Bryan Ferry - vocals, keyboards, harmonica; Eddie Jobson - strings, keyboards, vocals; Andy MacKay - saxophone, oboe; Phil Manzanera - guitar, vocals; Paul Thompson - drums; John Wetton - bass, vocals
Late 1974 was a pivotal time for Roxy Music, the art rock band spearheaded by singer/songwriter Bryan Ferry. The group had scored several top five hits in its native U.K., and was breaking big in the U.S., with its fourth album, Country Life. At the same time, band members Ferry, guitarist Phil Manzanera, and saxophonist Andy MacKay had all embarked on solo projects. Ferry, in particular, had seen considerable chart success on his own, to the point where it was getting hard to tell the difference between his Roxy recordings and solo tracks.
The members, however, were not willing to throw away all they had worked for as Roxy Music to simply have what was feared to be a short-lived solo career. Therefore, they embarked on a lengthy world tour in 1974, from which this show was recorded for the King Biscuit Flower Hour. The show featured most of the group's best known songs, and featured former Curved Air multi-instrumentalist, Eddie Jobson. Jobson came on board after the sudden departure of founding member and synth player, Brian Eno. Also in the 1975 line-up was bassist/vocalist John Wetton, who had just bounced back from King Crimson, and in the future would form UK with Eddie Jobson, before eventually striking platinum with the '80s prog rockers Asia.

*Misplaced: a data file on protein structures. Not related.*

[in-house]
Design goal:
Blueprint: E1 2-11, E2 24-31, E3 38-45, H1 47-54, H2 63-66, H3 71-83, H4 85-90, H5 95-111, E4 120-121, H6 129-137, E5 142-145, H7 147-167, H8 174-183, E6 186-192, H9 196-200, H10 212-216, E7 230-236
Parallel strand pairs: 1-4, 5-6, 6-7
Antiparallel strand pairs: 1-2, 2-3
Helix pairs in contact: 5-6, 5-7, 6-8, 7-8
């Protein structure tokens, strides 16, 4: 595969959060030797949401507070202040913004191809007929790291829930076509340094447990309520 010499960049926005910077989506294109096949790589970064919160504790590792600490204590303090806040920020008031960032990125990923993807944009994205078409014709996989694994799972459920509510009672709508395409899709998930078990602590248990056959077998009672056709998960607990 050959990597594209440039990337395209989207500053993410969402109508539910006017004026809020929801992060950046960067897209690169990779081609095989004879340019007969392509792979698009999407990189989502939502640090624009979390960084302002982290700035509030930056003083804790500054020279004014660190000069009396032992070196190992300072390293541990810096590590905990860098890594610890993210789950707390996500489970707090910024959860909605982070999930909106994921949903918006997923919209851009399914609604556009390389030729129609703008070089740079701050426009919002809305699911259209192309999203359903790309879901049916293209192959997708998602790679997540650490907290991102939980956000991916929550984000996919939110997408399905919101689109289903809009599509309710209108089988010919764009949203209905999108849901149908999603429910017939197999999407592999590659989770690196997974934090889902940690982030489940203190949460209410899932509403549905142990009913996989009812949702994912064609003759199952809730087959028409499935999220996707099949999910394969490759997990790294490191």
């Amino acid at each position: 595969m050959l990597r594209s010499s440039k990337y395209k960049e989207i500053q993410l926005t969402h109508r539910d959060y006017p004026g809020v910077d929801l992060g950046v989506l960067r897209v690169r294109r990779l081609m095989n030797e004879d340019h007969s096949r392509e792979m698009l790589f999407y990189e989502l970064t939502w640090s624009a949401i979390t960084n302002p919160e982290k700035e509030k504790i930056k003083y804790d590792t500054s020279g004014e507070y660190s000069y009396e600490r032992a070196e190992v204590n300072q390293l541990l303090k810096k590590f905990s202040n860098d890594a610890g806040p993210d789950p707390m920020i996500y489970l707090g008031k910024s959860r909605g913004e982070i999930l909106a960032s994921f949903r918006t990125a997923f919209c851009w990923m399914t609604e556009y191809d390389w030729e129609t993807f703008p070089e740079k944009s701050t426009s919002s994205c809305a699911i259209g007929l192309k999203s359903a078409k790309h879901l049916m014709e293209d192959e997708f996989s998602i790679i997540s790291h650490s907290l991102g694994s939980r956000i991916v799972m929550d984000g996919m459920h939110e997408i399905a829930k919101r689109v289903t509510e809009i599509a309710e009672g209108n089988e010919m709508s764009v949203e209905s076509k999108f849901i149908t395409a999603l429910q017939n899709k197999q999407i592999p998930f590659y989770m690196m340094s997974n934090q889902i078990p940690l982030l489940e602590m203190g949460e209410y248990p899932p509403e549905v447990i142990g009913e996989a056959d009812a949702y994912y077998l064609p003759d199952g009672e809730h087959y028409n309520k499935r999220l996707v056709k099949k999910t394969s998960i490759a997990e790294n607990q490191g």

Although Jobson and Wetton gave the band more of a prog feel, as opposed to the glam rock vibe of the earlier line-up, Roxy Music was and remains a vehicle for the creative triumvirate of Bryan Ferry, Phil Manzanera, and Andy MacKay. Highlights of this show, recorded at City Hall in Newcastle, England, include the opener, "Prairie Rose," "Mother Of Pearl," "Out Of The Blue," "In Every Dream Home A Heartache," "All I Want Is You," and a blistering close that rocks out with the band's greatest songs: "Virginia Plane," "Editions Of You," "Remake Remodel," and the infectious anti-dance song, "Do The Strand."